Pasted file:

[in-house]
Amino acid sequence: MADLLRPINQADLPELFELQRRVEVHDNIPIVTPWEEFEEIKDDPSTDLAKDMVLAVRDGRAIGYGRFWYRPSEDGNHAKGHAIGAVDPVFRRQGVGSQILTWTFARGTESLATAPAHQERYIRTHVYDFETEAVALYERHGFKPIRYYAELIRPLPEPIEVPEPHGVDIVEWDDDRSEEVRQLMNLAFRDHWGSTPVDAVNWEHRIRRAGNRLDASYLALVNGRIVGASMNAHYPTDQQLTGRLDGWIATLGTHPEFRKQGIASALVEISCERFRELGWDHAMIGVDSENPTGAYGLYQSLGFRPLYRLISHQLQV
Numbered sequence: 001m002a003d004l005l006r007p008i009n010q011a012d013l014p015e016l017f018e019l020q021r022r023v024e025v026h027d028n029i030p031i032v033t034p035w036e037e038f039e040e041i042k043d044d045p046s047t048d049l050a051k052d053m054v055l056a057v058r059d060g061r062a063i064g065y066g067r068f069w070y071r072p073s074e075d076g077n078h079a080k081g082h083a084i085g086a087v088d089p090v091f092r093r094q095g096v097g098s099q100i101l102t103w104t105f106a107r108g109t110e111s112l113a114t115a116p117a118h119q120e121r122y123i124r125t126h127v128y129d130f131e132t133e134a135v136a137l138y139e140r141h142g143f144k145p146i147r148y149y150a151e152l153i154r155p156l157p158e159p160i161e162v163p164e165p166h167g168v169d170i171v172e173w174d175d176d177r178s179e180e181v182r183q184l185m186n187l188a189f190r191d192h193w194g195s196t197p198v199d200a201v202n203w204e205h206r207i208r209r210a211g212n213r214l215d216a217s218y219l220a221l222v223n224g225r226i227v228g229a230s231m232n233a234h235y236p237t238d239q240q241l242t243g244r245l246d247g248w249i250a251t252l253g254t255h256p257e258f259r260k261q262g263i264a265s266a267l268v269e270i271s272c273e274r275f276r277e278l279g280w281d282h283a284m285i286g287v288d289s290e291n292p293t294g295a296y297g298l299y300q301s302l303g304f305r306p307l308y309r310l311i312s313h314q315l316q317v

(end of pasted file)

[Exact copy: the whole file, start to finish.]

[in-house]
Amino acid sequence: MADLLRPINQADLPELFELQRRVEVHDNIPIVTPWEEFEEIKDDPSTDLAKDMVLAVRDGRAIGYGRFWYRPSEDGNHAKGHAIGAVDPVFRRQGVGSQILTWTFARGTESLATAPAHQERYIRTHVYDFETEAVALYERHGFKPIRYYAELIRPLPEPIEVPEPHGVDIVEWDDDRSEEVRQLMNLAFRDHWGSTPVDAVNWEHRIRRAGNRLDASYLALVNGRIVGASMNAHYPTDQQLTGRLDGWIATLGTHPEFRKQGIASALVEISCERFRELGWDHAMIGVDSENPTGAYGLYQSLGFRPLYRLISHQLQV
Numbered sequence: 001m002a003d004l005l006r007p008i009n010q011a012d013l014p015e016l017f018e019l020q021r022r023v024e025v026h027d028n029i030p031i032v033t034p035w036e037e038f039e040e041i042k043d044d045p046s047t048d049l050a051k052d053m054v055l056a057v058r059d060g061r062a063i064g065y066g067r068f069w070y071r072p073s074e075d076g077n078h079a080k081g082h083a084i085g086a087v088d089p090v091f092r093r094q095g096v097g098s099q100i101l102t103w104t105f106a107r108g109t110e111s112l113a114t115a116p117a118h119q120e121r122y123i124r125t126h127v128y129d130f131e132t133e134a135v136a137l138y139e140r141h142g143f144k145p146i147r148y149y150a151e152l153i154r155p156l157p158e159p160i161e162v163p164e165p166h167g168v169d170i171v172e173w174d175d176d177r178s179e180e181v182r183q184l185m186n187l188a189f190r191d192h193w194g195s196t197p198v199d200a201v202n203w204e205h206r207i208r209r210a211g212n213r214l215d216a217s218y219l220a221l222v223n224g225r226i227v228g229a230s231m232n233a234h235y236p237t238d239q240q241l242t243g244r245l246d247g248w249i250a251t252l253g254t255h256p257e258f259r260k261q262g263i264a265s266a267l268v269e270i271s272c273e274r275f276r277e278l279g280w281d282h283a284m285i286g287v288d289s290e291n292p293t294g295a296y297g298l299y300q301s302l303g304f305r306p307l308y309r310l311i312s313h314q315l316q317v